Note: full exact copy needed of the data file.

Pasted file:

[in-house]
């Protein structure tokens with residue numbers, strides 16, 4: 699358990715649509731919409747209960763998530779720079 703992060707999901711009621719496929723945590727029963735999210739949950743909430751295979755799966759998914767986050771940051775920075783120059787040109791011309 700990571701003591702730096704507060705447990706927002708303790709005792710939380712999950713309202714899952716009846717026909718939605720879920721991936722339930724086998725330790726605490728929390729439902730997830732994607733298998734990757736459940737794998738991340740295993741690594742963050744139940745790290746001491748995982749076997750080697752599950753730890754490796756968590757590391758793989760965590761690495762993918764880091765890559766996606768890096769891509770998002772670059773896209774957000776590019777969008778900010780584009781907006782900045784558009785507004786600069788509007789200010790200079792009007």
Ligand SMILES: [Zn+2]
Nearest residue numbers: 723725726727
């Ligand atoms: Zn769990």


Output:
[in-house]
């Protein structure tokens with residue numbers, strides 16, 4: 699358990715649509731919409747209960763998530779720079 703992060707999901711009621719496929723945590727029963735999210739949950743909430751295979755799966759998914767986050771940051775920075783120059787040109791011309 700990571701003591702730096704507060705447990706927002708303790709005792710939380712999950713309202714899952716009846717026909718939605720879920721991936722339930724086998725330790726605490728929390729439902730997830732994607733298998734990757736459940737794998738991340740295993741690594742963050744139940745790290746001491748995982749076997750080697752599950753730890754490796756968590757590391758793989760965590761690495762993918764880091765890559766996606768890096769891509770998002772670059773896209774957000776590019777969008778900010780584009781907006782900045784558009785507004786600069788509007789200010790200079792009007």
Ligand SMILES: [Zn+2]
Nearest residue numbers: 723725726727
């Ligand atoms: Zn769990």